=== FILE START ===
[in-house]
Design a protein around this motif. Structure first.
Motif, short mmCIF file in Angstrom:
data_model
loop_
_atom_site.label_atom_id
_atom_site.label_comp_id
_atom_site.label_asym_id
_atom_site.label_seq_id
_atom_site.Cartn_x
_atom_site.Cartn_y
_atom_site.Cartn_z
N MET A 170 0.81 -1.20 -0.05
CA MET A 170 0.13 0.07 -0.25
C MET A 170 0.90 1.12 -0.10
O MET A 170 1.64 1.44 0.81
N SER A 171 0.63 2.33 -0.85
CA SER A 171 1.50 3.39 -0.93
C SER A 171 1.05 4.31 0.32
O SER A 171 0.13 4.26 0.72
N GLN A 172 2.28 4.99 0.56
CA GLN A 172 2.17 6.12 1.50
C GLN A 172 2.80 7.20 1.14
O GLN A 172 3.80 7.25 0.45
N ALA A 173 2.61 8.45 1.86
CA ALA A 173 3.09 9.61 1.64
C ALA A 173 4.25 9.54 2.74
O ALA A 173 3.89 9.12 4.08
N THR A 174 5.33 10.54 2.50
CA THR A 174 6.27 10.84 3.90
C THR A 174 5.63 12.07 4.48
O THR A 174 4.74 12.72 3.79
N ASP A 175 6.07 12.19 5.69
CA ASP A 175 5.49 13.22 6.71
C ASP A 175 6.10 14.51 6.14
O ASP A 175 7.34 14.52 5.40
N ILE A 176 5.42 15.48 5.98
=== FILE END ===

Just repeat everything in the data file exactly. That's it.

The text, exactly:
[in-house]
Design a protein around this motif. Structure first.
Motif, short mmCIF file in Angstrom:
data_model
loop_
_atom_site.label_atom_id
_atom_site.label_comp_id
_atom_site.label_asym_id
_atom_site.label_seq_id
_atom_site.Cartn_x
_atom_site.Cartn_y
_atom_site.Cartn_z
N MET A 170 0.81 -1.20 -0.05
CA MET A 170 0.13 0.07 -0.25
C MET A 170 0.90 1.12 -0.10
O MET A 170 1.64 1.44 0.81
N SER A 171 0.63 2.33 -0.85
CA SER A 171 1.50 3.39 -0.93
C SER A 171 1.05 4.31 0.32
O SER A 171 0.13 4.26 0.72
N GLN A 172 2.28 4.99 0.56
CA GLN A 172 2.17 6.12 1.50
C GLN A 172 2.80 7.20 1.14
O GLN A 172 3.80 7.25 0.45
N ALA A 173 2.61 8.45 1.86
CA ALA A 173 3.09 9.61 1.64
C ALA A 173 4.25 9.54 2.74
O ALA A 173 3.89 9.12 4.08
N THR A 174 5.33 10.54 2.50
CA THR A 174 6.27 10.84 3.90
C THR A 174 5.63 12.07 4.48
O THR A 174 4.74 12.72 3.79
N ASP A 175 6.07 12.19 5.69
CA ASP A 175 5.49 13.22 6.71
C ASP A 175 6.10 14.51 6.14
O ASP A 175 7.34 14.52 5.40
N ILE A 176 5.42 15.48 5.98